Friday, February 7, 2014
Fourteen teams from five high schools attended this year's Westminster College High School Programming Contest hosted by the Mathematics and Computer Science Department, in conjunction with the college Admissions Department, on Thursday, February 6, 2014.
Participating schools and team coaches were:
- Baldwin High School - Coach Jay Closky
- Blackhawk High School - Coach Kelli Ambler
- Nichols School - Coach Jason DeGroat
- North Allegheny High School - Coach Laura Prosser
- Seneca Valley High School - Coaches Diane Krauland and Chad Robertson
Westminster faculty member, Dr. John Bonomo, designed and ran the contest; Dr. Bonomo is an active organizer and problem contributor to local and regional programming contests and has been Head Judge for the ACM East Regional Programming Contest since 2000. He was a judge and problem contributor for the international competition for the past 10 years, including Stockholm, Sweden in April, 2009; Harbin, China in February, 2010; Orlando, FL in May, 2011; Warsaw, Poland, May 2012; and St. Petersburg, Russia, June 2013.
Dr. Bonomo was assisted by Dr. David Shaffer, Associate Professor of Computer Science, and computer science students John Griebel, Jenna Huston, and Aaron Shifflett. More information about the contest can be found at http://www.westminster.edu/staff/bonomojp/HSContest/hspc.html.
Sample Problem: Quadruple Your Pleasure
A Pythagorean triple is a set of three integers a, b and c which satisfy a2+b2=c2. This concept can be extended to the Pythagorean quadruple which is a set of four integers a, b, c and d which satisfy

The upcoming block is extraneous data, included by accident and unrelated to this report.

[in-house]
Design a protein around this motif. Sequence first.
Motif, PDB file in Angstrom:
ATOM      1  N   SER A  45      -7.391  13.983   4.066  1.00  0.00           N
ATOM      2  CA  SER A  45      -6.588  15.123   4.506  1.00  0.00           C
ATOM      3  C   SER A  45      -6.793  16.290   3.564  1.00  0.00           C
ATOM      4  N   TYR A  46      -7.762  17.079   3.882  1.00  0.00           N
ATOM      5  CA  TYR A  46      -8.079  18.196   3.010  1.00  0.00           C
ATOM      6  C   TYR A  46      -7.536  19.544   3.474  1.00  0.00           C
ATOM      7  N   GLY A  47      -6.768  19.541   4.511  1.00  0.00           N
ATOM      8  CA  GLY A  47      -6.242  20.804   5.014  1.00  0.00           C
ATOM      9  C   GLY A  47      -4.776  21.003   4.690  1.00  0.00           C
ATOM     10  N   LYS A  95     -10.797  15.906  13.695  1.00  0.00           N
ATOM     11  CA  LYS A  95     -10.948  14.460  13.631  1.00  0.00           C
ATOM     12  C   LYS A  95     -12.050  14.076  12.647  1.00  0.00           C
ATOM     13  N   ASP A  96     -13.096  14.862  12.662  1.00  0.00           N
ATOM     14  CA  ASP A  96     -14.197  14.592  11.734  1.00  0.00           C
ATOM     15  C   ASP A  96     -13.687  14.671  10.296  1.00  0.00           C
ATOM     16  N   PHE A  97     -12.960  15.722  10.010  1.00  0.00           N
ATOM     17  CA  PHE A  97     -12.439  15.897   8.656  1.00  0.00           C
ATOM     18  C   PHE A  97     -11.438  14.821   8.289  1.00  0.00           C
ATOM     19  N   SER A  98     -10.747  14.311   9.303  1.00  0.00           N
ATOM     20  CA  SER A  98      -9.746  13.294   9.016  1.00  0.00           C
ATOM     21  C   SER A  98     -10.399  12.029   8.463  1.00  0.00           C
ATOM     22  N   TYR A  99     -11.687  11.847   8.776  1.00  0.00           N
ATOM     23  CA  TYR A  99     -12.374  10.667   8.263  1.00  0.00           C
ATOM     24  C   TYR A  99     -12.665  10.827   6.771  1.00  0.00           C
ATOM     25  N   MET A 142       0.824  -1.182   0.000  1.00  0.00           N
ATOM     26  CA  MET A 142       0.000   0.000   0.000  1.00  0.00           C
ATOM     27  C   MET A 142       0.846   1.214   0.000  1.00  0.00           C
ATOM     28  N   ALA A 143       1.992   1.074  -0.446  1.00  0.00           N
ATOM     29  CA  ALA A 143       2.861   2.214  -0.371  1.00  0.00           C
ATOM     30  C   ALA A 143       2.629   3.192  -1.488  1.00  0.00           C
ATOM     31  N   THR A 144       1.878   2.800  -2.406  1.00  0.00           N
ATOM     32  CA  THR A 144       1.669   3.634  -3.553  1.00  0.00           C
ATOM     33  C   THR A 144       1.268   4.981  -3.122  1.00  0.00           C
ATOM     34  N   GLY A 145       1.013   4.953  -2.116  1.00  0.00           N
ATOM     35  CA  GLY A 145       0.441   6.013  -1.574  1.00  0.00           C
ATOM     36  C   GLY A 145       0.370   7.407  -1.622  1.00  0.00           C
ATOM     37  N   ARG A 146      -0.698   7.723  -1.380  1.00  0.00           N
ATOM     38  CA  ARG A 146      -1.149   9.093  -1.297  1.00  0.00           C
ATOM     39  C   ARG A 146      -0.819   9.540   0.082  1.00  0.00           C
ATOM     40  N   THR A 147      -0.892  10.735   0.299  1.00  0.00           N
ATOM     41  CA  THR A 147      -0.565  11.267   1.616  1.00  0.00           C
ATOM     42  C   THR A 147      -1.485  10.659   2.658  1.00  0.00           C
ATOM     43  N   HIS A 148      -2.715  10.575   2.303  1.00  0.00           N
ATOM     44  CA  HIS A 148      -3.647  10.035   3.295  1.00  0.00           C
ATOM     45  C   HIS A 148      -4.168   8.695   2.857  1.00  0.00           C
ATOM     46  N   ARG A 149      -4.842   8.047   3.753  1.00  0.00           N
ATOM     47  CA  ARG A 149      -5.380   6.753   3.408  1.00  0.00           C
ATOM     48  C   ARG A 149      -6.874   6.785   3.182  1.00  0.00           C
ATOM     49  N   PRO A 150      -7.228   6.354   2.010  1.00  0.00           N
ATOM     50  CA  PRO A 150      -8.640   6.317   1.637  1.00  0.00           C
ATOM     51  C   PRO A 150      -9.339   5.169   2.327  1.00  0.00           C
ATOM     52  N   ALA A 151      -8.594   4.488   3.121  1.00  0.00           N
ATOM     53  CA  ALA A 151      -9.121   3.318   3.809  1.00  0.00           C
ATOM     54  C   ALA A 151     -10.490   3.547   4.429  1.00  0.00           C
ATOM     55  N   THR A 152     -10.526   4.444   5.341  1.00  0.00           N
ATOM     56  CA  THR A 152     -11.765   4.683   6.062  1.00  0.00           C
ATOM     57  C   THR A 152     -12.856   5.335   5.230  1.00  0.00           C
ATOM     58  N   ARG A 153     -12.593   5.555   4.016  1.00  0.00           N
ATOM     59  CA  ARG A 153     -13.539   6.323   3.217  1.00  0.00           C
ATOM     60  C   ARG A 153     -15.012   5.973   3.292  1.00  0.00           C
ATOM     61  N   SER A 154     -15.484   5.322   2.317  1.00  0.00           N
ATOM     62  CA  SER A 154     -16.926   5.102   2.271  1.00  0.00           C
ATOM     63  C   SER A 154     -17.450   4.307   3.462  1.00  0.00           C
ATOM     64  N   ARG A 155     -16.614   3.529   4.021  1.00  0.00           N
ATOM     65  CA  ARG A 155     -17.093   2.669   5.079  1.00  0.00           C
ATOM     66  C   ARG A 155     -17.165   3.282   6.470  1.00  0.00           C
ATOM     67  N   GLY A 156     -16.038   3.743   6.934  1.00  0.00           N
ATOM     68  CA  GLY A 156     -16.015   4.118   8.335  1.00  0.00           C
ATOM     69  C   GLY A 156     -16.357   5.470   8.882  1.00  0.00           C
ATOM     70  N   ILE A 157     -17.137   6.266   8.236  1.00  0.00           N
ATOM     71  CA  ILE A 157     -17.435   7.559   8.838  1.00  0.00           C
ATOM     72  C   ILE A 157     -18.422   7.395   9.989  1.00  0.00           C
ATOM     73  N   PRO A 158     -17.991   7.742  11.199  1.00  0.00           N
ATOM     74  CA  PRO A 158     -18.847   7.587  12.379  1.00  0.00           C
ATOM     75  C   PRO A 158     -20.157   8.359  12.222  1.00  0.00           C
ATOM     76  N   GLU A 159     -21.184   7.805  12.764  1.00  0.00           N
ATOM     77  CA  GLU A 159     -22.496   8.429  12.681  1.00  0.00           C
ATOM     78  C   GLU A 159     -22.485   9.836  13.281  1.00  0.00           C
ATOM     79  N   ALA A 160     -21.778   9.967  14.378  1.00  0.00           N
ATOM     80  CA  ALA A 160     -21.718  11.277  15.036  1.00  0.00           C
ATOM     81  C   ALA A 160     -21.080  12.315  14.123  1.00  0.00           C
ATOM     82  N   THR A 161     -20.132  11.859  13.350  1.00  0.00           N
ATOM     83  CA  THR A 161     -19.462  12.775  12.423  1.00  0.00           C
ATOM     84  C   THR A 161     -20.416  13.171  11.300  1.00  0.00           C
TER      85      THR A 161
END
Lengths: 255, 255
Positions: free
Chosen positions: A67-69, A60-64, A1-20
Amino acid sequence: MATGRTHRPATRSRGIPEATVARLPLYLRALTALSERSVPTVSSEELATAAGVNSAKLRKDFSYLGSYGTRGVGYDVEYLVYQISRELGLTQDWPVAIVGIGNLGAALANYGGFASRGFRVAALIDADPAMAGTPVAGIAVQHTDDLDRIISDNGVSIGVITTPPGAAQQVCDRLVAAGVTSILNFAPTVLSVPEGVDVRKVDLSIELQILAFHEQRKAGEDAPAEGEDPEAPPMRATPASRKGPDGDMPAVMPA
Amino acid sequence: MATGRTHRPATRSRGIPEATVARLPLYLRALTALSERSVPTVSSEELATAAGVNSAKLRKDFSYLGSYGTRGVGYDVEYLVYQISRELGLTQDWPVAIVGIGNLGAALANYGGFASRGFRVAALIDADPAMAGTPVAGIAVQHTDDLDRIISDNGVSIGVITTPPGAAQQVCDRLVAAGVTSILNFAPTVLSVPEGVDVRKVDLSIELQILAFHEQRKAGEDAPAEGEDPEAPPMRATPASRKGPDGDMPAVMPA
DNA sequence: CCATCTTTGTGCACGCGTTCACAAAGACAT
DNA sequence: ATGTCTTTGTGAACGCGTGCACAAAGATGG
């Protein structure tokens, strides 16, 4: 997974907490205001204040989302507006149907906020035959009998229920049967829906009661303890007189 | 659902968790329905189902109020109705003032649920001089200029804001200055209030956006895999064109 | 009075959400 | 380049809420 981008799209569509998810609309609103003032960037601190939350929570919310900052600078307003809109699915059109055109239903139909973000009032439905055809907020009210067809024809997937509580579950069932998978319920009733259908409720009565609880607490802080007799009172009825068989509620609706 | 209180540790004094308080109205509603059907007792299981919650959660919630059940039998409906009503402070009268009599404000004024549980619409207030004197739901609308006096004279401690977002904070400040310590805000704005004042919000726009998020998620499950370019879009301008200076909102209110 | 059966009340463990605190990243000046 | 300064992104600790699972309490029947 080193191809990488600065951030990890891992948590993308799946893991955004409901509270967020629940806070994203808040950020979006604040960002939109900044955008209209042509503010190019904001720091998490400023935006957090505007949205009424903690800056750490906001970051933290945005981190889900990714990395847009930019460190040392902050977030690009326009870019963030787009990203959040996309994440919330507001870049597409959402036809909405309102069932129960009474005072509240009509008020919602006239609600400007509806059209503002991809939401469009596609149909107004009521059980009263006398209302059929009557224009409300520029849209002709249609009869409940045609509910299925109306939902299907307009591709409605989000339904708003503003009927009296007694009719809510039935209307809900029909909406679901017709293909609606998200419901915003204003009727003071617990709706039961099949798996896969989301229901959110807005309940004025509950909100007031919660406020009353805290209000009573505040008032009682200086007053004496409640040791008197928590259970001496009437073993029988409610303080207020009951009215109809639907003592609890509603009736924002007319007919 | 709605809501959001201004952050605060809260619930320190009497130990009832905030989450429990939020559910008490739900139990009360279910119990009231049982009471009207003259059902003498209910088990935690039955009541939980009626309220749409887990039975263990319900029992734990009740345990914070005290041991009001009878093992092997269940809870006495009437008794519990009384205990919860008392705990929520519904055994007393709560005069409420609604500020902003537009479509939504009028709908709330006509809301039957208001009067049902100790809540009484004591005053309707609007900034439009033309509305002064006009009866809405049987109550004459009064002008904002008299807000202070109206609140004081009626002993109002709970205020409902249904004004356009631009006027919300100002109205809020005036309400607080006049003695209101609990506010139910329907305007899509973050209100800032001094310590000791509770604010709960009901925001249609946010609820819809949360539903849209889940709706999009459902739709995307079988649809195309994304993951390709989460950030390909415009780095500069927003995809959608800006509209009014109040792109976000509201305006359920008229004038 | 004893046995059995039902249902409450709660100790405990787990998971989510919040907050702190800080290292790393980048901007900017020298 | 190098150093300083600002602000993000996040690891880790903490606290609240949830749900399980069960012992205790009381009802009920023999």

a2+b2+c2 = d2. Two example of Pythagorean quadruples are
12 + 22 + 22 = 32 and 1192 + 2382 + 6982 = 7472
Pythagorean triples are most often encountered when dealing with right triangles, where the values of a and b are the two side lengths and c is the hypotenuse. There is an analogous geometric interpretation of a Pythagorean quadruple: if we consider a rectangular prism with side lengths a, b and c, then d is equal to the length of the long diagonal connecting opposite corners of the prism.
Relax - no geometry needed for this problem. All you need to do is the following: given a range [n,m], count the number of Pythagorean quadruples with n ≤ a ≤ b ≤ c ≤ d ≤ m.
Sample Problem: Piece de Resistance
Phil loves jigsaw puzzles, so much so that he will work on multiple ones at the same time. This drives Phil's younger sister Jane crazy, as all those puzzles take up tons of space in the house, and heaven forbid anyone should disturb the master whilst he is working on a puzzle. So one day when Phil is out of the house, Jane does something a little bit nasty. She removes one piece from each of the puzzles and puts them all in a big pile in the middle of the kitchen. Needless to say, Phil was a tad upset at this, but after an hour of chasing his sister through the house, cooler (and more exhausted) heads prevailed and he came up with a plan. Phil has taken digital photos of each removed piece and of each nearly-completed puzzle, and would like you to write a program to determine whether or not a given piece fits into a given puzzle.
First Place Team - North Allegheny High School, Wexford, PA: Team "NA 1"
Coach: Laura Prosser
Students: John Barczynski, Sophia Lee, Keerthana Samanthapudi, and Anna Sinelnikova
Second Place Team - North Allegheny High School, Wexford, PA: Team "NA 3"
Coach: Laura Prosser
Students: Michael Becich, Nate Horan, David Szymanski, Derek Wang
Third Place Team - Nichols School, Buffalo, NY: "Team Brown"
Coach: Jason DeGroat
Students: Zach Cole, J.J. Davis, Rob Kubiniec, Jason Zhou